Carl Jung Two Letters on Psychoanalysis 10 January 1912
In the communication from Dr. Kesselring and Dr. B. of the Keplerbund, which appeared in this column, exception was taken to the following remark of the reporter: “Dr. Kesselring, as he himself observed, spoke as an opponent of Freud’s psychoanalytic method and at the request of the Keplerbund.
This Society is opposed to a tendentiously materialistic pursuit of the natural sciences and wishes to combat the erroneous view that scientific knowledge stands in the way of religious belief.
Hence the impression which the speaker intended to make upon his audience is perfectly understandable.”
In saying this the reporter did not “discredit” Dr. Kesselring’s willingness to speak on Freud in the Keplerbund, nor did he discredit the general activity of that Society—he merely stated something that was self-evident.
The Keplerbund has the following article in its programme, which it claims is based on a “scientifically and ethically unassailable foundation” : “The Keplerbund holds the conviction that the truth contains within itself the harmony of scientific facts with philosophical knowledge and with religious experience.”
Further: “The Keplerbund differs quite consciously from the materialistic dogma of monism and combats the atheistic propaganda resulting therefrom, which wrongly seeks support in the findings of natural science.”
According to this programme, therefore, the Keplerbund is not merely a champion of enlightenment and popular education, but also a militant organization.
Since Freud’s teachings likewise stand in sharpest contrast to the “harmony” sought for by the Keplerbund, every thinking person will know that the society must, on its own admission, fight against them.
When an organization arranges a lecture, it usually makes sure beforehand of the point of view of the lecturer, no matter whether its interest in the theme is religious, political, artistic, or scientific.
Anyone who knows that Dr. Kesselring was a pupil of Freud’s must also know—so at least one must assume—that he is Freud’s opponent in theory and in practice. Equally, a reporter engaged by the Keplerbund knows that he cannot defend Freud’s “pan-sexualism” within its precincts.
The reporter, who incidentally is neither a Freudian nor against the Keplerbund, did not credulously rely on the opinions of others, but to the best of his ability oriented himself beforehand on the theme of the lecture, the principles of the Keplerbund, and the views of Dr. Kesselring.
In this same connection a correspondent wrote: “To the amazement of professional people Dr. Kesselring’s lecture ‘On Psychoanalysis’ brought before the public at the Schwurgerichtssaal a recent line of medical research which, among other things, has to include within the scope of its analytical work the most intimate and repulsive of all human fantasies.
Disputes over the results of this research are taking a violent form in professional circles, and opinions are very much divided.
But however violent the scientific discussion may be, opponents and friends of psychoanalysis are alike agreed that such things, even if only for the sake of good taste, should not be paraded before the public at the Schwurgerichtssaal, quite apart from the fact that even the best educated public can exercise no competent judgment in these matters.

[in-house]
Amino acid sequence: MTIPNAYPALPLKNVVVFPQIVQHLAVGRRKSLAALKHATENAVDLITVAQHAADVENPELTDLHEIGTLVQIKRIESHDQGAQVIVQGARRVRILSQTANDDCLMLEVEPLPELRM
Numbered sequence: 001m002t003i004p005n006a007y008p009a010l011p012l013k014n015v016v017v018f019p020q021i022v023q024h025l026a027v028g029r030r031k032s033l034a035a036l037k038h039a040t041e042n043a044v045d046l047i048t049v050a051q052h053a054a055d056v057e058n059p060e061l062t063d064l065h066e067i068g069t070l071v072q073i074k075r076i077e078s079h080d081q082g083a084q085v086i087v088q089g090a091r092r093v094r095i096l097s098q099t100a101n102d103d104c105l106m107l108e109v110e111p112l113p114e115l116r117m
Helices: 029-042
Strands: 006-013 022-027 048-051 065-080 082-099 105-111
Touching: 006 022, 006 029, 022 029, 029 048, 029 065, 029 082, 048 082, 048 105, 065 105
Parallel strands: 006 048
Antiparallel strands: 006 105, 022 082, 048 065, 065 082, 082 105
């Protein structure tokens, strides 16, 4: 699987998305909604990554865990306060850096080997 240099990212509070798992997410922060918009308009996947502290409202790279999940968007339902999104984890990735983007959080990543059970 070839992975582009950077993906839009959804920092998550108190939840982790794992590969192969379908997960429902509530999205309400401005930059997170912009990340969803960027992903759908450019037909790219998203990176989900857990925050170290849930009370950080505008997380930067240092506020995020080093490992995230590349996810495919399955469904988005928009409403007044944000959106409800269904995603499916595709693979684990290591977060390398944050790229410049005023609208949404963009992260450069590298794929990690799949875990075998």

One could, with as much right, hold gynaecological examinations at the Schwurgerichtssaal in order to arouse public feeling against some of the findings of medical research.”
For the rest, the lecture, whose lack of objectivity must have struck even the layman, contained so many distortions that it seemed designed to spread confusion and error.
Those who wish to find out what psychoanalysis is really about are recommended to read Freud’s Uber Psychoanalyse (publ. Deuticke, Vienna and Leipzig), in which he gives an account of his views and methods in more or less popular language.
Reference should also be made to the invaluable work Die Psychoanalyse Freuds (Deuticke) by Eugen Bleuler, professor of psychiatry at Zurich, who discusses in an objective and critical way the pros and cons of psychoanalysis.
The authority and continental reputation of this excellent scholar should guarantee the educated public a more competent view of psychoanalysis than the statements of Dr. Kesselring.
Dr. J. 17 January 1912
In connection with the article on “Psychoanalysis” that was published in your columns last Saturday, I would like to remark that the concept of sexuality used by Freud and me has a far wider range of meaning than it has in common usage.
As I have often pointed out, we understand by “sexuality” all those instinctual forces which extend beyond the domain of the instinct of self-preservation.
The scientific justification for this conception cannot be discussed here. It can be read about in Freud’s and my writings.
Confusion between the common conception and our biological conception of sexuality naturally leads to the greatest misunderstandings.
J further allow myself to remark that it is not permissible to lay at our door all the immature researches that have been undertaken by less qualified persons.
We can accept responsibility only for what we ourselves have written, and not for the manifold sins of other writers.
One could just as well hold Christianity responsible for the abominations of the Inquisition, if one wished to adopt so summary a procedure.
Naturally, I am not thinking of the invaluable researches of Dr. Riklin, with which I am in full agreement, but of the book by Michelsen, mentioned by my critic F. M., and a number of other writings whose standpoints and method of exposition I must repudiate.
Dr. Jung ~Carl Jung, CW 18, Pages 427-429